You will be applying your written communication skills more than the others that are directly job-related. And the quality of the communications you make might often make big differences. For example, it can determine whether your clients accept your offers. Or, it can ensure that your emails are making donors interested enough in issuing funds.
To paint the opposite picture, consider this. You receive an email that doesn’t sound too polite. Maybe bits of spelling mistakes and grammatical errors are scattered here and there. After that, the Email ends with inviting you for subscribing to their service. Will you be interested? It’s doubtful that you will be. The same will happen unless you achieve excellence in your writing skills.
The quality that top-quality writing demands is an elaborate topic of discussion itself. But for keeping it simple, here are two notes that will come in handy.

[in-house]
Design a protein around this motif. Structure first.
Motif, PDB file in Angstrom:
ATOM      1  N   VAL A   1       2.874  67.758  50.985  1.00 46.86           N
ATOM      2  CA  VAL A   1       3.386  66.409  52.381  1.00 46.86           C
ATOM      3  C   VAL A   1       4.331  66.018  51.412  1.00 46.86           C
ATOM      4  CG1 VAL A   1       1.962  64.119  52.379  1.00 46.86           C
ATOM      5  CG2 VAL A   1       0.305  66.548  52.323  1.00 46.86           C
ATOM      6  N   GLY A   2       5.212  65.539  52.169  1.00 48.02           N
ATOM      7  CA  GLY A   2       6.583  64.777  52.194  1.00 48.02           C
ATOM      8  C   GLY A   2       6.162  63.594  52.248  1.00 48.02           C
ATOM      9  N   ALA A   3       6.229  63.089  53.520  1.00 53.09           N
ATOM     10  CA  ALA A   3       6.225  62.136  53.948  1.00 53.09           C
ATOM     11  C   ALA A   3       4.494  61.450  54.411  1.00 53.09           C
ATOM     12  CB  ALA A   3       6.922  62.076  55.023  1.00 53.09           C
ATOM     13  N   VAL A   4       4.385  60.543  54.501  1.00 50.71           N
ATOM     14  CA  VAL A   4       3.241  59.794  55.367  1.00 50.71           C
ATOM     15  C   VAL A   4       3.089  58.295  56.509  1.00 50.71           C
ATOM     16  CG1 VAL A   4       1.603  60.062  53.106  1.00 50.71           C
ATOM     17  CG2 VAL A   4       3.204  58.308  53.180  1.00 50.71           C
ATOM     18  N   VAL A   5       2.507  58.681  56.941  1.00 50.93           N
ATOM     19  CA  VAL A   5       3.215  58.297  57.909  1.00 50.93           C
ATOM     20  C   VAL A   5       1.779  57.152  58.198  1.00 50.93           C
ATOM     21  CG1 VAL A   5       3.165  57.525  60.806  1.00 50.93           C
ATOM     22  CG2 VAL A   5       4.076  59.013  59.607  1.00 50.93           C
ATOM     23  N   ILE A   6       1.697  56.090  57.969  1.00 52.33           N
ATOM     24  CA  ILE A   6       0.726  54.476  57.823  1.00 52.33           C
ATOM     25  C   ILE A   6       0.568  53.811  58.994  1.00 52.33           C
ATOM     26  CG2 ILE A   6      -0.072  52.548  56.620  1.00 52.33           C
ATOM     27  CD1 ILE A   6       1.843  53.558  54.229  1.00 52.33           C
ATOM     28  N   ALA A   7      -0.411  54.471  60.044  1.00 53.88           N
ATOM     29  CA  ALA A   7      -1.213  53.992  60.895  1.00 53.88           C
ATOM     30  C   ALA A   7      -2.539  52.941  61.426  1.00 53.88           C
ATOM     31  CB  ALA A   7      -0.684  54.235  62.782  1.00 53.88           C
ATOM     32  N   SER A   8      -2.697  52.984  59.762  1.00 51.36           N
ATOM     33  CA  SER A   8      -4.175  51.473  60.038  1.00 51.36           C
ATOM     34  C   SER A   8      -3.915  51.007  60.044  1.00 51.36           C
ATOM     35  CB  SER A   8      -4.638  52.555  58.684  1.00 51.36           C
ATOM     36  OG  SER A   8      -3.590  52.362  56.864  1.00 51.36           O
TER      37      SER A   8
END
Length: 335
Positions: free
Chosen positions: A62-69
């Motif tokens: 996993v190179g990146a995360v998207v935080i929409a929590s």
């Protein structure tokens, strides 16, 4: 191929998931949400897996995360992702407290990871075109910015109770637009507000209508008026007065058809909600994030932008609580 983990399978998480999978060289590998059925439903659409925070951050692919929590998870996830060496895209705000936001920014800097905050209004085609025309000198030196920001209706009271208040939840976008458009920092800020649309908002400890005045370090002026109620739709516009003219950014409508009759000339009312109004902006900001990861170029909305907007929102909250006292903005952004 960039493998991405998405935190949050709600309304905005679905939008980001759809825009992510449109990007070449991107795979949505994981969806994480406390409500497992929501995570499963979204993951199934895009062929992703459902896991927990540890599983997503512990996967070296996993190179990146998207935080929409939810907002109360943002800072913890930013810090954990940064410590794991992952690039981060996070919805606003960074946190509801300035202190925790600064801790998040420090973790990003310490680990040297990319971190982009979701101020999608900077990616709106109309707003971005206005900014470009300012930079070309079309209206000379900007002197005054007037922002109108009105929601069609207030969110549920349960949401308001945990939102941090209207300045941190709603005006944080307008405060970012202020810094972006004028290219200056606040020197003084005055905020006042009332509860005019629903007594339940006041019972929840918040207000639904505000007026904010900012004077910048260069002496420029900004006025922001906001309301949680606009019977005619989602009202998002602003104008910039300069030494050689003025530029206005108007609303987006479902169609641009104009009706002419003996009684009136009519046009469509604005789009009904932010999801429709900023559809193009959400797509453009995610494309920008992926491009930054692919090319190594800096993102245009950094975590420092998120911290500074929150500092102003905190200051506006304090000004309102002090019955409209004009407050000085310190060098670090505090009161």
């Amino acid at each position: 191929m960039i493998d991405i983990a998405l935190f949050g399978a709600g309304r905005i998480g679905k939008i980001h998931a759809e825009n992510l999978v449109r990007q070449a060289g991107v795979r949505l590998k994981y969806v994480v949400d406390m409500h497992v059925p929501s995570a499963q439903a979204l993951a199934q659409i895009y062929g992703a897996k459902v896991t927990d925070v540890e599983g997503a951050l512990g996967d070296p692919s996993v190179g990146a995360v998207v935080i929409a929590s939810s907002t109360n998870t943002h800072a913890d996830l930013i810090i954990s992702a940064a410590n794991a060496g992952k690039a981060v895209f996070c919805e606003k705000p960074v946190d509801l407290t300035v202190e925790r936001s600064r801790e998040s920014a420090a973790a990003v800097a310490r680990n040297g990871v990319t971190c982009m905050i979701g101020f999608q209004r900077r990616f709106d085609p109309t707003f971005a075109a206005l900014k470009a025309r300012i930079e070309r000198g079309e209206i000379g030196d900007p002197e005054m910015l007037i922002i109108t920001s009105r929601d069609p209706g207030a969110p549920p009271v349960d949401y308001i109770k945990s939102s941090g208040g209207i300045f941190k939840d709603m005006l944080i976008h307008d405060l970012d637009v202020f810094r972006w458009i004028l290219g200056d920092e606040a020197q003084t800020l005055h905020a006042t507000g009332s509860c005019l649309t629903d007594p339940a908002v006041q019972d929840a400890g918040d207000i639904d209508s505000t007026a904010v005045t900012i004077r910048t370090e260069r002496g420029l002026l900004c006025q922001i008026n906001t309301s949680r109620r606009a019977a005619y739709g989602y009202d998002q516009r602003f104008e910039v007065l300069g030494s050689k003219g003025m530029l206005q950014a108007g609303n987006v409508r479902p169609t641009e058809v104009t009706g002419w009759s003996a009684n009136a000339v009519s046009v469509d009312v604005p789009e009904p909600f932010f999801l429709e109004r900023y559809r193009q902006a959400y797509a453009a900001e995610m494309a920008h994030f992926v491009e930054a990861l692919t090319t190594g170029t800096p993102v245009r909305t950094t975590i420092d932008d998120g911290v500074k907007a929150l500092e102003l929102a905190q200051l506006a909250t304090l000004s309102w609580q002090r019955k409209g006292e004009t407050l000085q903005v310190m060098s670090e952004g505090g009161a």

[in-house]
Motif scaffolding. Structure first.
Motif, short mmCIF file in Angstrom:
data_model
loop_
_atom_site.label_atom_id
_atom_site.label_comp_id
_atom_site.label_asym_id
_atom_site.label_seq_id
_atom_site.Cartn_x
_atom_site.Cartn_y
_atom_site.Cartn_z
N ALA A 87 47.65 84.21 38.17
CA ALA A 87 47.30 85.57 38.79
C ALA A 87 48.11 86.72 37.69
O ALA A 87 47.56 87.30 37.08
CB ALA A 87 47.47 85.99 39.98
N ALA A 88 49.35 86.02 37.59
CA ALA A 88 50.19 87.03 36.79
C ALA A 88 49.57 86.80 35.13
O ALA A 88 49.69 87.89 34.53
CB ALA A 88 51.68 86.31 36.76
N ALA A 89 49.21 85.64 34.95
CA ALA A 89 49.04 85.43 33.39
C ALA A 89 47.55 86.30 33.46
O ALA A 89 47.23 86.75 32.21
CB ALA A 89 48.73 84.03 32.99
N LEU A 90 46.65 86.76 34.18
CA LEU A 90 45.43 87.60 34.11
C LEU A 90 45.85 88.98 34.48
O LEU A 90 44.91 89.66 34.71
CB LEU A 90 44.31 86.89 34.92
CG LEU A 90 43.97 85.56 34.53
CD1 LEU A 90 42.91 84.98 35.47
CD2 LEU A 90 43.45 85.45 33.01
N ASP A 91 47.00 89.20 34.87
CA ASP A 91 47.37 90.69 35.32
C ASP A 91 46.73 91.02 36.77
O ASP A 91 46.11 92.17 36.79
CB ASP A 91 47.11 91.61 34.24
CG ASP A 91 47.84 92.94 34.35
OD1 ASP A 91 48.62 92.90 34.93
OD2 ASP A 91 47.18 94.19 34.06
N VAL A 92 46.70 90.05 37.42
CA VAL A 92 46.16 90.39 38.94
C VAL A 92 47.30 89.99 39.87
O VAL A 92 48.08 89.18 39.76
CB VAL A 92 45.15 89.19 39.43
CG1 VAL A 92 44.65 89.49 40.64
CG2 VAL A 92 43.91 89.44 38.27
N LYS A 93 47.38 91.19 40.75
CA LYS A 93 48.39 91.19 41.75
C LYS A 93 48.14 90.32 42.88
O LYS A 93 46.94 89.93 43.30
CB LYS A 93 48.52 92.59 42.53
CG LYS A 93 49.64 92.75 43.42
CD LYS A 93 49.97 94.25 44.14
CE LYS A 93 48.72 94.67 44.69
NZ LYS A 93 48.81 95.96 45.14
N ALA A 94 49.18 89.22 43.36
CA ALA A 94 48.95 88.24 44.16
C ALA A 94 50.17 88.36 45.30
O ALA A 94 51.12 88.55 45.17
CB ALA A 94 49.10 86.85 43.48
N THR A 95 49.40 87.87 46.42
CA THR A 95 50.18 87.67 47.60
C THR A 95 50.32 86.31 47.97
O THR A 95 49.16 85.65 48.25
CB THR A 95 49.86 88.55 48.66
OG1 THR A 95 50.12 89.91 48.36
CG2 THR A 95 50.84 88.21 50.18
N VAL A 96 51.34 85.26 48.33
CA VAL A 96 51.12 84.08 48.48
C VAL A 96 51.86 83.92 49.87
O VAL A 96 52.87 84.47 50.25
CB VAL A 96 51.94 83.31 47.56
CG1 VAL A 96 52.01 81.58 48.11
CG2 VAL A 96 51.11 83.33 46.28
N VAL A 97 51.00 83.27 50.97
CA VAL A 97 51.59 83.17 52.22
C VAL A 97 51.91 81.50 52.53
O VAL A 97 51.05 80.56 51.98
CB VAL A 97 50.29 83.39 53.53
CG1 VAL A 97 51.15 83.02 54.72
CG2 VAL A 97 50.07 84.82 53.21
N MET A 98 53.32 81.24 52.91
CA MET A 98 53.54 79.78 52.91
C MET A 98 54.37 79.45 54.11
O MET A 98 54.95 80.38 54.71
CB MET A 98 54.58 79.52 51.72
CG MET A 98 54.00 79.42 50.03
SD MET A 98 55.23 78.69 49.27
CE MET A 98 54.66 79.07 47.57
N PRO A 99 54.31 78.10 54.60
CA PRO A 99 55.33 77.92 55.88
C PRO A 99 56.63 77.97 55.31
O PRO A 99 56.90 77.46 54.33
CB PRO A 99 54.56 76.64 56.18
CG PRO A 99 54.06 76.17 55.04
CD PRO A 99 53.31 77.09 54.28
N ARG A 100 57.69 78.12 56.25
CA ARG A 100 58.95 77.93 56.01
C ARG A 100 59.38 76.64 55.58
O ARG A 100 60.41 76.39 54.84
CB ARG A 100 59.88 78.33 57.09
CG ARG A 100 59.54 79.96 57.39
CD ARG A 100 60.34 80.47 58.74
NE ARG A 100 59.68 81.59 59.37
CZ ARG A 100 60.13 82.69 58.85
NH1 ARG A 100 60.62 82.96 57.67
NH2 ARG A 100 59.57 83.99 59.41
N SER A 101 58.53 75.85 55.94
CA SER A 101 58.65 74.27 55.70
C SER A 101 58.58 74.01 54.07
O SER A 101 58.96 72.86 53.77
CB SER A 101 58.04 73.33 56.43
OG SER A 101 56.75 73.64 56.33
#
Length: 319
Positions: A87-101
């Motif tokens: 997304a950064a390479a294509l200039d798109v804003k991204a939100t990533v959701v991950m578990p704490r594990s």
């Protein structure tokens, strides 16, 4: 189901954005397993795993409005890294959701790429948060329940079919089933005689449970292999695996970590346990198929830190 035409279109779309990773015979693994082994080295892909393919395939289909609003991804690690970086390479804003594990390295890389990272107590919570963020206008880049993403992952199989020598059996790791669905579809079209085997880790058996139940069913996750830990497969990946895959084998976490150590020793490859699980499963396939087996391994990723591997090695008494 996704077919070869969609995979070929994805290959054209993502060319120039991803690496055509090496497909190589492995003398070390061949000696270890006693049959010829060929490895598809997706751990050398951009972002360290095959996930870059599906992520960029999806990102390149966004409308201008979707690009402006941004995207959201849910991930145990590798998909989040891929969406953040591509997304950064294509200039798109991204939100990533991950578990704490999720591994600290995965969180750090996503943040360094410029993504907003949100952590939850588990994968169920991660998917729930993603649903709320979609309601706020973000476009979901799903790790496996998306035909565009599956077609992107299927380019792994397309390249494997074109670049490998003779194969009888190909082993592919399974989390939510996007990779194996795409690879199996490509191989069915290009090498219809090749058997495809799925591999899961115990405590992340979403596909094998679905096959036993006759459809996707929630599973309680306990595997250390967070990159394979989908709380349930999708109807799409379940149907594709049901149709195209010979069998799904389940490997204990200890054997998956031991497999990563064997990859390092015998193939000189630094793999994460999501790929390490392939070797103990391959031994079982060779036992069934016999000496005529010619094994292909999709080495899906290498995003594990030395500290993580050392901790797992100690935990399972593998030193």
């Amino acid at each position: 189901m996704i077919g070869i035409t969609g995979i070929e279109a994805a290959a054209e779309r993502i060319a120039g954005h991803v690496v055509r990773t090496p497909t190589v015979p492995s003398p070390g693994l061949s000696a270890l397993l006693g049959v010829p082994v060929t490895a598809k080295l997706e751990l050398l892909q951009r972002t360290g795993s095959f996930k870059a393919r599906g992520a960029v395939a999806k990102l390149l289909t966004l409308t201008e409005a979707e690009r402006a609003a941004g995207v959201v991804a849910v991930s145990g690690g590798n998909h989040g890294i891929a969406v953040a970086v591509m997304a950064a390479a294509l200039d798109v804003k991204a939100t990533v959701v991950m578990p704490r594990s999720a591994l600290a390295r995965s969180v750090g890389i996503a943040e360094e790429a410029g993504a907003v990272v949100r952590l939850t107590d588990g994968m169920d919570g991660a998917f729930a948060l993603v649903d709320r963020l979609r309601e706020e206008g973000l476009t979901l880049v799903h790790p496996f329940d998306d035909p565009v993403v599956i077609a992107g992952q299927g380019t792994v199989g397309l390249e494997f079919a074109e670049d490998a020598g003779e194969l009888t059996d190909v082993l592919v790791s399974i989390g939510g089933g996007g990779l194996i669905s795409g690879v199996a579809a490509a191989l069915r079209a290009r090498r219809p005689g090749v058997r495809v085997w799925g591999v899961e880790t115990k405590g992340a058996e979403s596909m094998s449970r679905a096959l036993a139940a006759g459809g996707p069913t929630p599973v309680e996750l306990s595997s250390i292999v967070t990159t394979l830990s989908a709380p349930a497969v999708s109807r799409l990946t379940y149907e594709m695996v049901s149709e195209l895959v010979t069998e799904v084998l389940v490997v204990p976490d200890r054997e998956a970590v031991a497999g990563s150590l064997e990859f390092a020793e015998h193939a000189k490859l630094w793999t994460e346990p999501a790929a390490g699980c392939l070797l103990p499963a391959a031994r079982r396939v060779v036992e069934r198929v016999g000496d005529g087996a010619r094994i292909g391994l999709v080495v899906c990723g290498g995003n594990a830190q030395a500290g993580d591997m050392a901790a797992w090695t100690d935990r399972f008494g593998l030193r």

1. Write about things that you believe in.
2. Good writing means repeated reading, ruthless editing, and rigorous quality control.
Effective Communication Skills To Mention In Your Resume:
Some Communication Skills will be directly mentionable in your resume. And some will be passively good for your resume. Here is a list of the skills that you can directly flaunt in your resume:
1. Language Proficiency
Language Proficiency should be the Communication skill to top this list, hands down. Languages are like vehicles for our words. Riding them, our words can take us places. So investing in your language skills will help you reach as far as you stretch your vision.
How To Mention Language Proficiency In Your Communication Skills Resume-Section?